Notes For Class 10 Science Biology Chapter 16 Management of Natural Resources Download pdf. CBSE class 10 Science Chapter 16 Management of Natural Resources notes in PDF are available for free download in myCBSEguide mobile. Free PDF download of Class 10 Science Chapter 16 - Management of Natural Resources Revision Notes & Short Key-notes prepared by expert Science teachers from latest edition of CBSE(NCERT) books. To register Science Tuitions on aracer.mobi to clear your doubts. Study Materials for.
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Management of. Natural Resources. CHAPTER. We learnt in Class IX, about some natural resources like soil, air and water and how various components. CLASS X. SUSTAINABLE MANAGEMENT OF NATURAL RESOURCES. Environmental awareness and its importance. Awareness about the problems caused. Download as PDF, TXT or read online from Scribd. Flag for Chapter Management of natural resources. Chapter Notes . Life Processes - CBSE Class 10 Biology. Uploaded by 10 Science Notes 08 How Do Organisms Reproduce 1.
The main aim of forest conservation is to preserve the biodiversity we have inherited. Stakeholders: Those persons, who are directly or indirectly involved in using the produce of forests or are interested in the conservation of forests, are called stakeholders.
Hotspot: means an area full of biological diversity. Sustainable management: Management of forest resources wisely to make it available for future generations. Sustainable development is development encourages the judicious use of natural resources to meet the current basic human needs, while preserving the resources for the needs of future generations. Water as a Resource: Water is a basic necessity for all terrestrial forms of life. Regions of water scarcity are closely correlated to the regions of acute poverty.
Failure to sustain water availability has resulted in the loss of vegetation cover, diversion for high water demanding crops and pollution from industries and urban wastes and less rain. Irrigation methods like dams, tanks and coals have been used in various part of India. Dams: In order to make proper use of river water, dams are constructed across the rivers to regulate the flow of water. A dam has a large reservoir to store huge amounts of water.
This stored water is then allowed to flow downstream at the desired rate. Water from a dam is used for irrigation in fields through a network of canals. Dams ensure round the year water supply to the crop fields and help raise agricultural production. The water rushing down the dam turns turbines which run electric generators to generate electricity.
Construction of large dams addresses three problems in particular- Social problem. A large number of local people have to be displaced which includes farmers and tribals without their adequate compensation or rehabilitation. Economic problem. As dams are built up with huge amounts of public money without the generation of proportionate benefits.
Because the making of large dams contributes enormously to deforestation and the loss of biological diversity. Water Harvesting: Collecting rainwater for use in future by storing it in storage reservoirs is called rainwater harvesting.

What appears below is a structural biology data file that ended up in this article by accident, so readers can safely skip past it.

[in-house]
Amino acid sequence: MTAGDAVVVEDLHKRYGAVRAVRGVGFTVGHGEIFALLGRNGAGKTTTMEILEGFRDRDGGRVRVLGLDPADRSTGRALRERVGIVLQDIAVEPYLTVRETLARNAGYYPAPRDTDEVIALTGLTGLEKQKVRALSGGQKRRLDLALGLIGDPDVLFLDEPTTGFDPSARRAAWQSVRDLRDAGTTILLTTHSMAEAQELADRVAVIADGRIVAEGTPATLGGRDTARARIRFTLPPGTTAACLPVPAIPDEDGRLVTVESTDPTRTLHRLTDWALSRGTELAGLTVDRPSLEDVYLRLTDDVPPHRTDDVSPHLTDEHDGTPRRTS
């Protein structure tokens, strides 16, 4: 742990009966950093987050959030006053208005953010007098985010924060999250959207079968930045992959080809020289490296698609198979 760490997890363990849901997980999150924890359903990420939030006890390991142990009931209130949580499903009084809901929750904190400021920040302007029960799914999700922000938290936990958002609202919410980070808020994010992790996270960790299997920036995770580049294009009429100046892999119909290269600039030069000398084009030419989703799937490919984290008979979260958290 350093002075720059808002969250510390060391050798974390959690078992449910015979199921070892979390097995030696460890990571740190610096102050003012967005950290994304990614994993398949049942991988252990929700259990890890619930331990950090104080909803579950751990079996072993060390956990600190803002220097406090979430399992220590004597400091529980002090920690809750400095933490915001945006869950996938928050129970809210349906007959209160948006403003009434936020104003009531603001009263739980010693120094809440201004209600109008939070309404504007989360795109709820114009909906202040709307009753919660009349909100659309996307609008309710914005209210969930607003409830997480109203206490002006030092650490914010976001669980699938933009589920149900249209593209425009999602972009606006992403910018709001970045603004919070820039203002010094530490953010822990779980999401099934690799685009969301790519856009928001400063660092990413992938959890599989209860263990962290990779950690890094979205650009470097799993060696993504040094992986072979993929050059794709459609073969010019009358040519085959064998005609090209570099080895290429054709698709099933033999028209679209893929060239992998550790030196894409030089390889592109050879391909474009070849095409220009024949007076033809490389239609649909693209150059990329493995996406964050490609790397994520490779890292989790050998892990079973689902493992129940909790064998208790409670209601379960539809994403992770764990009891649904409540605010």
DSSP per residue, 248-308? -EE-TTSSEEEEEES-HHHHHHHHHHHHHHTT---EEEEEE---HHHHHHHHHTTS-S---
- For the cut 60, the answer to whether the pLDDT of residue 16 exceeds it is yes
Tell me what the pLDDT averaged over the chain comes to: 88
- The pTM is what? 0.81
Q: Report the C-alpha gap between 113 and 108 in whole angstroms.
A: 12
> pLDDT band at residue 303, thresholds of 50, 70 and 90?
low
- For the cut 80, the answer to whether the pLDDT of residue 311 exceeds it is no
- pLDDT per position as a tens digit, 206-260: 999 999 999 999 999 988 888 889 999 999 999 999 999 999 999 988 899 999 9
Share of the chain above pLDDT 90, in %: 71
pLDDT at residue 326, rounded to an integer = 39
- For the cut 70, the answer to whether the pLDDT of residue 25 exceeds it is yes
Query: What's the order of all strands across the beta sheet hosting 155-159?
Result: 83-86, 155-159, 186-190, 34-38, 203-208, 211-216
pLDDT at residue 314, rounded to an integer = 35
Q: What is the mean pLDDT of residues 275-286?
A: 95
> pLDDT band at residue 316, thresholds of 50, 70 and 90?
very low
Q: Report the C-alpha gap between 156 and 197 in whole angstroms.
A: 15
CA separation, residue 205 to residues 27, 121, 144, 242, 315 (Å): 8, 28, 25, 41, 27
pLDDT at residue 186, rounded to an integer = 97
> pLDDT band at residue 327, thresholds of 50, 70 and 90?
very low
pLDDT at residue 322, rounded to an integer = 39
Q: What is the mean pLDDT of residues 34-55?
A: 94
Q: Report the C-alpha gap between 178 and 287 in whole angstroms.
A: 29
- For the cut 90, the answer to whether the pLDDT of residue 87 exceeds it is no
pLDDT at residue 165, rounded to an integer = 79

Various ancient methods of water harvesting. These techniques are locale specific to ensure the mismanagement and over-exploitation of these resources.
Advantages of Khadin System Recharge wells and moisture for vegetation. Does not provide a breeding ground for mosquito Groundwater is protected from human and animal waste. Green House Effect: When the reflected back infra-red rays of longer wave-length of the Sun are entrapped by C02 gas of atmosphere, the atmosphere gets warmed. A coliform is a group of bacteria, found in human intestines, whose presence in water indicates contamination by disease-causing microorganisms.
The main aim of this project is to improve the water quality of Our holy river Ganga. The water of the river Ganga gets polluted because of the following reasons : Dumping of untreated sewage. Human activities like bathing or washing of clothes. Immersion of ashes or unburnt corpses.
Chemical effluents from industries. This all pollutes water, increasing the toxicity level which kills fish in large sections of the river.
One can help by switching off unnecessary lights and fans, repairing leaky taps, preventing wastage of food.
Recycling: It minimises the faster depletion of natural resources. Reuse: It is better than recycling because the process of recycling uses some energy. Economic development is linked to environmental conservation. The concept of sustainable development encourages forms of growth that meet current basic human needs, while preserving the resources for the needs of future generation.
The sustainable development : It implies a change in all aspects of life. To cope with the growing demand, there has been rapid development of ground water supply. But increasing demand, especially in urban areas, has led to depletion of ground water and associated problems. With growing human population, the gap between demand and supply of water has widened.
About 85 percent of rural water supply and more than 50 percent of urban and industrial supply is mined.